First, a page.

A Good Winter by Gigi Fenster (Text Publishing, 2021), 272 pp, $38
By the end of the first paragraph of Gigi Fenster’s gripping novel, we know something is amiss. ‘It was a good winter’, her narrator, Olga, tells us. ‘For me it was a good winter. For Lara even. I don’t care what anyone says. The facts spoke for themselves.’ But as with Dickens, after the memorable opening of A Tale of Two Cities, the spring of hope turns into a winter of, if not despair, then foolishness and darkness. Relentlessly, inexorably, the tension implicit in this first defensive statement builds into a portrait of obsessive neediness (‘I’m not needy’, Olga says repeatedly) that drives the plot to its horrific ending on the very last page. That Fenster never slackens the pace or signposts exactly who will pay the price for her narrator’s deranged thinking is a credit to the author’s hold on the storyline and an indication of her unflagging allegiance to the manipulative, delusional and utterly awful nature of her main character.
Fenster wrote A Good Winter with funding from the Todd New Writer’s Bursary and Creative New Zealand, received in 2012. She put it aside until seven years later, when she entered the manuscript in the Michael Gifkins Prize for an unpublished novel. The book, Fenster’s third novel, won this award in 2020 and made the shortlist for the Jann Medlicott Acorn prize for fiction in this year’s Ockham awards. Appropriately billed as a ‘psychological thriller’, the ‘good winter’ of the title is the rare few months when Olga—middle-aged, lonely, deeply flawed—experiences something close to friendship, something akin to love. And she holds on to it for dear life.
At the beginning of the book Olga has befriended Lara, the warm-hearted solo mother who lives in the apartment upstairs. Lara’s daughter Sophie has a new baby son, born just six months after his father’s death, and has taken to her bed with a diagnosis of post-natal depression. When Lara takes time off work to care for her daughter and new grandson, she is supported by the seemingly friendly and endlessly available Olga.
But cracks in Olga’s amenable demeanour soon appear, to the reader at least. Brick by brick, Olga tries to build a wall to isolate Lara and Sophie from their network of friends—‘silly girls’, she calls them—and so claim a place in Lara’s affections that will be hers and hers alone: ‘Lara needed me that winter. Because what none of them saw, not Sophie in her bed or Nancy with her cleaning, or those friends with their soup and their flowers. What none of them saw was that Lara also needed looking after.’ As the winter months roll on, she assumes this role with a growing ferocity: ‘Sometimes I’d feel like I was in one of those arcade games that kids like. Where there’s a queen who needs to be protected from killer insects. The insects kept coming from all directions and I had to fight them off. All at once from all directions. And they just kept coming.’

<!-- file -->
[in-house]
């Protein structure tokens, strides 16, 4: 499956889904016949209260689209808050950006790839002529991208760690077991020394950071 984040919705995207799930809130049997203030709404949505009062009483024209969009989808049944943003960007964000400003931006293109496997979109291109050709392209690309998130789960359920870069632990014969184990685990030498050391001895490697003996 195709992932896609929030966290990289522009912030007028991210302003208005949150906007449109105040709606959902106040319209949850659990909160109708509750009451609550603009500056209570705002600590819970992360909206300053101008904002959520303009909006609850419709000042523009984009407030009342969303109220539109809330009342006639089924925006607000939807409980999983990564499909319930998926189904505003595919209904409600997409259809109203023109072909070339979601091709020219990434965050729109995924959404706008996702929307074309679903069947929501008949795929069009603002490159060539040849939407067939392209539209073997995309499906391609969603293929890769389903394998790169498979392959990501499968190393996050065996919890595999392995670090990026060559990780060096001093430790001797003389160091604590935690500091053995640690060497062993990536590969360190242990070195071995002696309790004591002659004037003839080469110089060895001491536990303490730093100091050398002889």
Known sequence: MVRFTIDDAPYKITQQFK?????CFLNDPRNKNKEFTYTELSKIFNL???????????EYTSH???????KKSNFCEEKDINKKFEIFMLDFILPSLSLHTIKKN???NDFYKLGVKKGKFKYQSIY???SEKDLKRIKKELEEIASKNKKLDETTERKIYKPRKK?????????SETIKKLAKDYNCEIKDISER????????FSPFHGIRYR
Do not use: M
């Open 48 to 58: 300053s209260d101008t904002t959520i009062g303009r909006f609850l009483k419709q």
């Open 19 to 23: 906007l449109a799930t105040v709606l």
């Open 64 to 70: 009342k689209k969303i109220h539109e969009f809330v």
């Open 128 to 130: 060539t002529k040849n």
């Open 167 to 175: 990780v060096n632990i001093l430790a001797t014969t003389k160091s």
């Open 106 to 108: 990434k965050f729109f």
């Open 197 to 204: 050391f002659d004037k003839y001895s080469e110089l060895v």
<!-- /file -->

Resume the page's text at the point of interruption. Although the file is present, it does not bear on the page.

As Olga wages a war of vigilance and cunning against anyone who will come between her and Lara, Fenster reveals her character’s skewed version of her past. She does this through Olga’s blatant and deceitful bid for sympathy (everything has an ulterior motive with Olga) and her fragmented account of the family she fled. As an impressionable child, Olga was pulled into a tryst of secrecy that hid her mother’s infidelity from her husband and united mother and daughter in a shared loathing of the ‘sheep-shit farm’ where they lived. This hateful alliance isolated young Olga from her younger brother, her bewildered father and the ‘rough’ country girls that would otherwise have been her friends. Her mother eventually fled the farm—we can only guess at the pain this caused adolescent Olga—but when she died several years later, she left her daughter all her money and a single note: ‘Take this money and get the hell out of there. Run to the city. Run like the wind.’
Fenster relays Olga’s background solely through the lens of her character’s warped understanding. Never, for example, does Olga regard her mother’s earlier flight as abandonment—she argues, with no real foundation, ‘I was the one she wanted to take away with her’. But in filling in the gaps in Olga’s fragmented backstory, the author gives us some insight into what drove her to become the derailed and defensive woman who shreds any chances of real friendship. She refuses to use her mother’s legacy to help fund the healthcare needed for her ailing father; she refuses the friendship offered by her seemingly amiable younger brother; she refuses to align herself with Lara and Sophie’s social network. Instead, she works tirelessly to rebuild what her mother called their ‘girls only space’, a physical and figurative alliance utterly dependent on keeping everyone else out. To achieve this alliance, she reasons, requires constant vigilance for signs of ‘flight-risk’. You have to keep loved ones close, she tells us: ‘grip them tight and say, “You stay where you are”… Some people blame their loved ones for fleeing when really, it’s their own fault for not seeing the signs.’